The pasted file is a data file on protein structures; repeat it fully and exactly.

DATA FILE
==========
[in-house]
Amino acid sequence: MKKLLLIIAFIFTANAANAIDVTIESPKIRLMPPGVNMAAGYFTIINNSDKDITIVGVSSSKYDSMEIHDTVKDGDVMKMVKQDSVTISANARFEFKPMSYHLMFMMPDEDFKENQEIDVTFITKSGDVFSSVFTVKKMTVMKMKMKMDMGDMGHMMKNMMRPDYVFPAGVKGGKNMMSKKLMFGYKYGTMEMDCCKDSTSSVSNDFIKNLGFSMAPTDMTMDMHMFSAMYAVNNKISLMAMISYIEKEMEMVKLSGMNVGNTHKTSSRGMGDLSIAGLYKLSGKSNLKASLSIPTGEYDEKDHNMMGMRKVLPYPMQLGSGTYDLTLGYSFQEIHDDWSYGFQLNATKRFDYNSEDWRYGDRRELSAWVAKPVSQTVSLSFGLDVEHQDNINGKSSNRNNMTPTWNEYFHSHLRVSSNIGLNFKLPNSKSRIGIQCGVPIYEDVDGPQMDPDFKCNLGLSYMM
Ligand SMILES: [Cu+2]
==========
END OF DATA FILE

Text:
[in-house]
Amino acid sequence: MKKLLLIIAFIFTANAANAIDVTIESPKIRLMPPGVNMAAGYFTIINNSDKDITIVGVSSSKYDSMEIHDTVKDGDVMKMVKQDSVTISANARFEFKPMSYHLMFMMPDEDFKENQEIDVTFITKSGDVFSSVFTVKKMTVMKMKMKMDMGDMGHMMKNMMRPDYVFPAGVKGGKNMMSKKLMFGYKYGTMEMDCCKDSTSSVSNDFIKNLGFSMAPTDMTMDMHMFSAMYAVNNKISLMAMISYIEKEMEMVKLSGMNVGNTHKTSSRGMGDLSIAGLYKLSGKSNLKASLSIPTGEYDEKDHNMMGMRKVLPYPMQLGSGTYDLTLGYSFQEIHDDWSYGFQLNATKRFDYNSEDWRYGDRRELSAWVAKPVSQTVSLSFGLDVEHQDNINGKSSNRNNMTPTWNEYFHSHLRVSSNIGLNFKLPNSKSRIGIQCGVPIYEDVDGPQMDPDFKCNLGLSYMM
Ligand SMILES: [Cu+2]